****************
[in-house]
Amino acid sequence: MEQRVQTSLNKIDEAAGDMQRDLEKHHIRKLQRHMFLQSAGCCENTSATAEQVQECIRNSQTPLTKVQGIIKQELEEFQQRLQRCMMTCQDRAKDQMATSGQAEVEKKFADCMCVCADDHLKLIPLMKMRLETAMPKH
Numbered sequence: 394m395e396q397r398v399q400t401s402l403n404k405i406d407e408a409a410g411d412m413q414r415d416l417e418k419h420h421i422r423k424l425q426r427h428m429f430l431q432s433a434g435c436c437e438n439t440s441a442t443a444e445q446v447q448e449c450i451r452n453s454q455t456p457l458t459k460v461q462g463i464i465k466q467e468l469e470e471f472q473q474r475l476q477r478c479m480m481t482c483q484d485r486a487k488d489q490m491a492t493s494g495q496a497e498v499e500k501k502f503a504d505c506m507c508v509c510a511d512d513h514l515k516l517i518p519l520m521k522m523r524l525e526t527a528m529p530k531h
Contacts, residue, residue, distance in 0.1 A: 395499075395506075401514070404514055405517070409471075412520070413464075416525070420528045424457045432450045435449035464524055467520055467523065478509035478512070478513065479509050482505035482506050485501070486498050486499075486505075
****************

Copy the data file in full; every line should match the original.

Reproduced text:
[in-house]
Amino acid sequence: MEQRVQTSLNKIDEAAGDMQRDLEKHHIRKLQRHMFLQSAGCCENTSATAEQVQECIRNSQTPLTKVQGIIKQELEEFQQRLQRCMMTCQDRAKDQMATSGQAEVEKKFADCMCVCADDHLKLIPLMKMRLETAMPKH
Numbered sequence: 394m395e396q397r398v399q400t401s402l403n404k405i406d407e408a409a410g411d412m413q414r415d416l417e418k419h420h421i422r423k424l425q426r427h428m429f430l431q432s433a434g435c436c437e438n439t440s441a442t443a444e445q446v447q448e449c450i451r452n453s454q455t456p457l458t459k460v461q462g463i464i465k466q467e468l469e470e471f472q473q474r475l476q477r478c479m480m481t482c483q484d485r486a487k488d489q490m491a492t493s494g495q496a497e498v499e500k501k502f503a504d505c506m507c508v509c510a511d512d513h514l515k516l517i518p519l520m521k522m523r524l525e526t527a528m529p530k531h
Contacts, residue, residue, distance in 0.1 A: 395499075395506075401514070404514055405517070409471075412520070413464075416525070420528045424457045432450045435449035464524055467520055467523065478509035478512070478513065479509050482505035482506050485501070486498050486499075486505075